Hi There,

I hope very much that you’re keeping safe and well and, above all, managing to remain calm, upbeat and anxiety-free in these very troubled times. I won’t go into detail about my feelings about how the situation is being ‘managed’ by the UK authorities because I am writing this on Monday and I’m sure anything I write now will seem like very old news by Friday.



6/10 places on this course / retreat have now been taken.


Review of my three recent courses

I have now come to the end of an intense but hugely enjoyable period over Feb / March in which I ran three courses (glad I didn’t schedule them for March / April!). I wanted to write about the experience of running these courses.


The second time I have run this course and once again I really enjoyed it and it seemed to go down well with the 42 writers who came along for the day. It’s different from my other courses in that there isn’t an upper limit of 20 delegates and it’s less interactive. Having said that, both times I have run it, the whole day has felt more like a dynamic dialogue between myself, my two guest speakers and the writers than like a series of lectures. There was a really good energy in the room; and the course felt like a celebration and appreciation of what is exciting and great about screenwriting rather than just a basic introduction. Inevitably, talking about what a screenplay looks like on the page, going through all the elements that go into making up a script also leads into what constitutes good screenwriting. And I use lots of examples – both with clips and in pages from screenplays – of screenwriting at its very best.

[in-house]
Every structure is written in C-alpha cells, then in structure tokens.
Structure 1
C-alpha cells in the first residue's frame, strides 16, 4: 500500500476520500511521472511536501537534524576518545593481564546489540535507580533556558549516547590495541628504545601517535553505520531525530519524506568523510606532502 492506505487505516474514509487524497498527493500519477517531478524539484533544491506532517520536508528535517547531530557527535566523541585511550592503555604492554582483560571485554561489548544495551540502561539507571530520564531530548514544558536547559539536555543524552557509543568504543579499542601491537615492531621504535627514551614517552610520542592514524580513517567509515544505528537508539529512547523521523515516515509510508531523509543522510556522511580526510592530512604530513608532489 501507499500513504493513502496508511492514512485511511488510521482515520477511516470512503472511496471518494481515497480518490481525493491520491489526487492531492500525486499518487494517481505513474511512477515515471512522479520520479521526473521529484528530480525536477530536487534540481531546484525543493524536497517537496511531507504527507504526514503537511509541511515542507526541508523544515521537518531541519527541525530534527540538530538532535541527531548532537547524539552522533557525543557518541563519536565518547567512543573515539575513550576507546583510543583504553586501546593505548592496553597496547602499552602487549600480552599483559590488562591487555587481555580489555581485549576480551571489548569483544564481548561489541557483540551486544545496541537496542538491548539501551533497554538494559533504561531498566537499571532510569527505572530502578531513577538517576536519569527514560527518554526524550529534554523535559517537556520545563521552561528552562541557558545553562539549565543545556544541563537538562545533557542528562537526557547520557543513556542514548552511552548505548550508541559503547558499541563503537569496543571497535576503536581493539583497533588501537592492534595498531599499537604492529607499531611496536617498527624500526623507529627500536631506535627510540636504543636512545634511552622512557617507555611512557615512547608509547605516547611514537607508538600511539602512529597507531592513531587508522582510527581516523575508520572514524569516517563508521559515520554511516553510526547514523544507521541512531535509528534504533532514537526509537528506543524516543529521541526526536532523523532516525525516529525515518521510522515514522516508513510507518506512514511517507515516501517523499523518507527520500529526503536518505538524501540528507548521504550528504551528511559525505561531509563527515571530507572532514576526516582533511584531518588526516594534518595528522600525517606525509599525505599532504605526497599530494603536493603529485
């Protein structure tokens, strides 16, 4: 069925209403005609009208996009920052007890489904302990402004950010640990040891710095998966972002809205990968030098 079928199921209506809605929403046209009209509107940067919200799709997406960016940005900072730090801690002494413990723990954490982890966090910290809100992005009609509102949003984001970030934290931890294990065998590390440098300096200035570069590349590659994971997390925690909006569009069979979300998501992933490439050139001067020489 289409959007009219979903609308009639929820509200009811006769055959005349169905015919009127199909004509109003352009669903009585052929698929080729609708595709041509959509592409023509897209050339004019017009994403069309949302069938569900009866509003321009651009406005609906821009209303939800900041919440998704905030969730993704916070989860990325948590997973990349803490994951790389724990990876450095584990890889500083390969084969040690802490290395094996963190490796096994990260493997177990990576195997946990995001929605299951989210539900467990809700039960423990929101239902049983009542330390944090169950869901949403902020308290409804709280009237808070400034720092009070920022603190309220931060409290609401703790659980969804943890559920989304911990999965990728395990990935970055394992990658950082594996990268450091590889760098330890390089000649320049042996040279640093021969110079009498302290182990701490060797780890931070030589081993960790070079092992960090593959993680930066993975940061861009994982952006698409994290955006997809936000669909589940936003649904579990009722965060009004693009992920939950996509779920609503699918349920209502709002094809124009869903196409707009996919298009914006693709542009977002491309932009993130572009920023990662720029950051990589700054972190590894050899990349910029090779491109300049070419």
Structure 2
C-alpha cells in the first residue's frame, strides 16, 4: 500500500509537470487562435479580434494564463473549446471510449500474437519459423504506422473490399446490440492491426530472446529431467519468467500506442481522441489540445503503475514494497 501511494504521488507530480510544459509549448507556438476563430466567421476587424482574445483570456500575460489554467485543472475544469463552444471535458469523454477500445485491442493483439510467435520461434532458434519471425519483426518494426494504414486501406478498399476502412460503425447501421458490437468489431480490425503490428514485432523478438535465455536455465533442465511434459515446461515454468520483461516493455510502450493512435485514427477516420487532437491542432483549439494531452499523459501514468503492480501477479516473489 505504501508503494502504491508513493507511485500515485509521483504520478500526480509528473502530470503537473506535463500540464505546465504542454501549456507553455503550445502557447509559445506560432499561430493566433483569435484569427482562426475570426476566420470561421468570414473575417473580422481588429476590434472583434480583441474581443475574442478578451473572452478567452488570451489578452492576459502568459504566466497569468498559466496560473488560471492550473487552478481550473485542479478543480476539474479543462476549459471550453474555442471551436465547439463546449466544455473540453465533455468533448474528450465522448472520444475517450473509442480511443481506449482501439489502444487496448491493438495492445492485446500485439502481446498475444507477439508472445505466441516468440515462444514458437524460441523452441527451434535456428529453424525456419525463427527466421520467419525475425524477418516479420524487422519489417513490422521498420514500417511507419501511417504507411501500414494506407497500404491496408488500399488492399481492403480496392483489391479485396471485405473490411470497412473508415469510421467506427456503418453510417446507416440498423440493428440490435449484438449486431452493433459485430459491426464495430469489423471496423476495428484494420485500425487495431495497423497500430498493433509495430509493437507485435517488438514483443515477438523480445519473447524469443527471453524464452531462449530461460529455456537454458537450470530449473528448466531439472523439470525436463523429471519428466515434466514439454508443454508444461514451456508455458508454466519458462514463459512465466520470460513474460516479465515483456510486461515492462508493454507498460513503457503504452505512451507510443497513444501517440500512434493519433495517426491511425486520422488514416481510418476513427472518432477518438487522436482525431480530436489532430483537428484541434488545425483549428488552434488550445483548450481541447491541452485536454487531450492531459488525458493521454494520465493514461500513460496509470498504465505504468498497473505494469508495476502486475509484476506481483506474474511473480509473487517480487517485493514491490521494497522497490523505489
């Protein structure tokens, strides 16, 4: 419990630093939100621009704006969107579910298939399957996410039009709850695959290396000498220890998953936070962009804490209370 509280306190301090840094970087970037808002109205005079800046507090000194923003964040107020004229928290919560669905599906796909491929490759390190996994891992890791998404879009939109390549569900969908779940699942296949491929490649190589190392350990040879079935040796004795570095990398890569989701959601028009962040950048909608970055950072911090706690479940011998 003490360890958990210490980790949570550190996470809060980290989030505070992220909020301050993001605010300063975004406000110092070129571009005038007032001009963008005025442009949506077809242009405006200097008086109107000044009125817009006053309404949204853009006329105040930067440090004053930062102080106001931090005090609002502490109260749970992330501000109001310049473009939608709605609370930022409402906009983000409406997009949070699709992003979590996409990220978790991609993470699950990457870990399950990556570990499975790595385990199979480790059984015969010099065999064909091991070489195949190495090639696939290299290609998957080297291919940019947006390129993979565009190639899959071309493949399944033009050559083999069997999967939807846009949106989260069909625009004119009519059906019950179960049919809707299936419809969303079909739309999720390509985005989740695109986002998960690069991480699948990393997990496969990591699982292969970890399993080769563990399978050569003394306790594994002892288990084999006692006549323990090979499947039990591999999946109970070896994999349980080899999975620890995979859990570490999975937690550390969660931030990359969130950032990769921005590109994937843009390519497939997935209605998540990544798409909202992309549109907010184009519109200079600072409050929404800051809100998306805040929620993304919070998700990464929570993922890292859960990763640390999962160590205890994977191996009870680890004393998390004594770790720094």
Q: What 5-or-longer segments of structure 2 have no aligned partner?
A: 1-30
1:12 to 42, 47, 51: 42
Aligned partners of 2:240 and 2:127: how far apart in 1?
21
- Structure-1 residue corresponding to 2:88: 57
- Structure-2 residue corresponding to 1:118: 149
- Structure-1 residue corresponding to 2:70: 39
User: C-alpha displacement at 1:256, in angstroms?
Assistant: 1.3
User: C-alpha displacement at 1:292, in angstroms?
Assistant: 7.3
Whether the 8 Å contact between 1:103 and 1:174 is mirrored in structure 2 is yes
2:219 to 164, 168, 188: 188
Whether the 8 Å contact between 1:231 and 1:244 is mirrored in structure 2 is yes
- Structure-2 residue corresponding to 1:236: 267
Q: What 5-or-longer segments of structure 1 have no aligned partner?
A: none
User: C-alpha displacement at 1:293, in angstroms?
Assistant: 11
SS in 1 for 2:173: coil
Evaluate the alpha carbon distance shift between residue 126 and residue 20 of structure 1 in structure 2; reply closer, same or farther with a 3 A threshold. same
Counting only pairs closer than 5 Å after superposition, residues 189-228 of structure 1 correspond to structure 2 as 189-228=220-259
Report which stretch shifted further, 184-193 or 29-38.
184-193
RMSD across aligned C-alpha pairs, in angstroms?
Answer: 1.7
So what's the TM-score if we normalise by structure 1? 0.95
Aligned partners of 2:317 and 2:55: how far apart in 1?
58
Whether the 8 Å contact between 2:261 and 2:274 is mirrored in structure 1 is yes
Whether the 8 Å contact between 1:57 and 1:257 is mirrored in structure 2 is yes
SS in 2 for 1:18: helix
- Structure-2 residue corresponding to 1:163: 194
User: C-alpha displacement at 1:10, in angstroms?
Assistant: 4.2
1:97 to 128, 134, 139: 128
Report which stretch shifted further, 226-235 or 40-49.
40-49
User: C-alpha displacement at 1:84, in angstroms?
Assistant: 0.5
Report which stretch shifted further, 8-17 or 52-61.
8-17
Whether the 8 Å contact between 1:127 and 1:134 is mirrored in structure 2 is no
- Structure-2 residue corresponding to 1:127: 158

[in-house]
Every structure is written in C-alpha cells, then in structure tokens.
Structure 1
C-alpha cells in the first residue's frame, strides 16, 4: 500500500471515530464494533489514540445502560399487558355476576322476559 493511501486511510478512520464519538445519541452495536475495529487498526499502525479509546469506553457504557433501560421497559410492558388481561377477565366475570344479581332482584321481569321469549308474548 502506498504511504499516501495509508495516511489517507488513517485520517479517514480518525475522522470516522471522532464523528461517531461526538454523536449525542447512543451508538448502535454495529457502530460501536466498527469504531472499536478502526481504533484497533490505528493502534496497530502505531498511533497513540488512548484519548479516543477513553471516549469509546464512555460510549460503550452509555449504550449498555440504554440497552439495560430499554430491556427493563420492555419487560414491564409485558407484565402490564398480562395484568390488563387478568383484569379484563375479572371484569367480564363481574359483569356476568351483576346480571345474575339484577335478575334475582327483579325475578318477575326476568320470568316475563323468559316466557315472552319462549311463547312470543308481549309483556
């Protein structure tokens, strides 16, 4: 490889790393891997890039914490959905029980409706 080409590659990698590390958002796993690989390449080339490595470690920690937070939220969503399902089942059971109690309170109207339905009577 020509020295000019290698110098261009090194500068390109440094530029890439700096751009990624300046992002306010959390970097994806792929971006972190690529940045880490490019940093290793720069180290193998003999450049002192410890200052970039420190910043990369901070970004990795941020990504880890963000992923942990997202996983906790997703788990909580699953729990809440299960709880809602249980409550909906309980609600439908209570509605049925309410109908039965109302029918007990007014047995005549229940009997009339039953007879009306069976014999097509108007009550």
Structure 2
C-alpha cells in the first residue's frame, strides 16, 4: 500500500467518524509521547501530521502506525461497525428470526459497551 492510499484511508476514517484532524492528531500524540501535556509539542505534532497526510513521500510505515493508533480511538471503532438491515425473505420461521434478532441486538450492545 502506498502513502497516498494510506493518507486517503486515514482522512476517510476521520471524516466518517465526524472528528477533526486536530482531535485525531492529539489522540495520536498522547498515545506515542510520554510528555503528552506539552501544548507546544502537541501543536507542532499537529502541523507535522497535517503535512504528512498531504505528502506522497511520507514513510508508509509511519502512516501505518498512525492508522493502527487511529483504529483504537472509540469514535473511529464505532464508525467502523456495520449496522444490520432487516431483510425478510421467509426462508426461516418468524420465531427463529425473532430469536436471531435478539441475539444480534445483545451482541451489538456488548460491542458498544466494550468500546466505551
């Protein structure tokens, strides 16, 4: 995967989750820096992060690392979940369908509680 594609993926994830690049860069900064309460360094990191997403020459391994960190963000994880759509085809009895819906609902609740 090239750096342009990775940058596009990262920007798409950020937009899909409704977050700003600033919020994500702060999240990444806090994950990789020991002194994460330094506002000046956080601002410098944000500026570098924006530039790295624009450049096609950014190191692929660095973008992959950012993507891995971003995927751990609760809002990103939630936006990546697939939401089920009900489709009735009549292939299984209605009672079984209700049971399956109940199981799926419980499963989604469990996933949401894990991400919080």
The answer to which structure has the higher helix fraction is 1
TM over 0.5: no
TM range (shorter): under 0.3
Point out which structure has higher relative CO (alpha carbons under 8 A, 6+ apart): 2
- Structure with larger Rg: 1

The day is long – I arrived to set up the room at 9am and didn’t leave the pub until nearly 10pm – but a lot of fun. I’m particularly indebted to my industry friends who came along to the pub to have their brains picked by the course writers and were incredibly generous with their advice. I had lots of feedback from the course writers about swapped emails and industry people offering to put writers in touch with other people in the industry who might be able to help them. The pub networking event reminds me of how many nice, supportive people there are in this industry, of how this business is so reliant on personal contacts and recommendations and of how important it is to find a way of enjoying the social side of the business. (This pub networking event also inspired one of the scripts on my ‘writing a short film course’ – a comedy about industry networking-induced anxiety!).

From a selfish point of view, it’s great for me to catch up with these industry guests and hear what’s happening with them. At the end of the evening after all the course writers had gone home, I was left in the pub with a writer and script editor from different years of the Channel 4 screenwriting course, who had originally met when working together on the writer’s feature film script at an indie to whom I’d introduced them both at different times – that’s the way this industry works.

We had two two guest speakers – first, director Tim Fywell, whom I’ve known since he directed my wife in a play on the London fringe (30 years ago?). Our paths crossed again when we both worked at Granada (me as script editor on MEDICS, him as director on one of the very best CRACKER stories) and then when he was directing and I was script-editing WAKING THE DEAD at the BBC. Tim talked about the scripts on the last two eps of series 1 of HAPPY VALLEY which he directed. Having Tim speak about this show gave me (and the course writers) the motivation to watch / re-watch HAPPY VALLEY series one. And the universal response was – what a treat. This really is one of the very best examples of drama series writing in the last ten years. It stands up to repeated viewing because the writing has such fire, passion and craft brilliance. It’s a masterclass in story and character. A lot of the course writers had also read the scripts – an equally rewarding experience. I really think these two series of HV will stand out for decades to come as the pinnacle of TV screenwriting in what is such a rich age of TV drama.